Feature

When researcher Kathleen Kendall-Tackett, PhD, started looking into the maltreatment of children with disabilities, she says she was shocked by what she found.

According to one study of more than 50,000 Omaha schoolchildren, for example, children with disabilities were more than three times as likely to be neglected or abused than other children. Children with behavioral disorders were seven times more likely to suffer neglect, emotional abuse or physical abuse.

"I was really surprised," says Kendall-Tackett, a psychology professor and research associate at the Family Research Laboratory at the University of New Hampshire in Durham. "The more I looked into this, the more I became aware how little we have to offer these kids."

Now a resolution that Kendall-Tackett and APA's Committee on Disability Issues in Psychology proposed to help these children has become official APA policy. APA's Council of Representatives approved the Resolution on the Maltreatment of Children with Disabilities in February. It includes several recommendations that encourage:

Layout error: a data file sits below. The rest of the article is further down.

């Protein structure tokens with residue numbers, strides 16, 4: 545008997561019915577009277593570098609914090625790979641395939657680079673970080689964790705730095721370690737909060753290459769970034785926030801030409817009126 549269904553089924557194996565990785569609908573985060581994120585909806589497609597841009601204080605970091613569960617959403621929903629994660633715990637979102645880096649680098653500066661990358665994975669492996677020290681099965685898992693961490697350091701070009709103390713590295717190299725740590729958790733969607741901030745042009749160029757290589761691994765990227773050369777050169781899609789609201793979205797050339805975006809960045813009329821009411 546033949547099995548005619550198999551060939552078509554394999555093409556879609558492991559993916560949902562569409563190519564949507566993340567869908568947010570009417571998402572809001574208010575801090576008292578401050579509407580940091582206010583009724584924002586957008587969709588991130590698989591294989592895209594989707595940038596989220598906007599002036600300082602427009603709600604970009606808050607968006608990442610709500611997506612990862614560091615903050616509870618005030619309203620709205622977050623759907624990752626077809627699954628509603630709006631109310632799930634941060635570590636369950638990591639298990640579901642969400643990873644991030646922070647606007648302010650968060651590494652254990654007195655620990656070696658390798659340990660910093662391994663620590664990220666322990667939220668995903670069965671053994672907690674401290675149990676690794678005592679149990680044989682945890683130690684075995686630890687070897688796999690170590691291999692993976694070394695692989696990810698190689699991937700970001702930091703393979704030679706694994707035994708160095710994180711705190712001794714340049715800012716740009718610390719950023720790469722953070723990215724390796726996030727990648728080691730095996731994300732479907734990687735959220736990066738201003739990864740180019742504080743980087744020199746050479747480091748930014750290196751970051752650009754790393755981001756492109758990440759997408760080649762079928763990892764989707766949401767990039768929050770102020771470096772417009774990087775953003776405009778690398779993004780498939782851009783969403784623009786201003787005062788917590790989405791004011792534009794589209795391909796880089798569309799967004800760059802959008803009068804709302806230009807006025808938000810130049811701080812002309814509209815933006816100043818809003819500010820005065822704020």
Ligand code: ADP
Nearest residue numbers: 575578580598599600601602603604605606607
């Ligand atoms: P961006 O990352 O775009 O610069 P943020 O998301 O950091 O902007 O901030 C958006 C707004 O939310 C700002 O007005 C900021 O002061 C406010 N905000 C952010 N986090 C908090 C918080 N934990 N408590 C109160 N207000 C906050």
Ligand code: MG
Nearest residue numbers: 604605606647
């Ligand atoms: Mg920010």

•  Inclusion of disability status in state child-abuse registries and national incidence studies.

  •  Support services for families of vulnerable children.

  •  Research on the relationship of disability and maltreatment.

  •  Collaboration between the child maltreatment and disabilities communities.

  •  Development and dissemination of culturally relevant prevention and treatment models for maltreated children with disabilities.

Patricia M. Sullivan, PhD, co-author of the Omaha study, commends APA's call to include disability status in future maltreatment research. "Despite the fact that there are congressionally mandated incidence studies, no data are really collected on disability status among children who are victims of maltreatment," says Sullivan, director of the Center for the Study of Children's Issues and a professor of neurology and psychology at Creighton University in Omaha. "That's just unbelievable."

--R. CLAY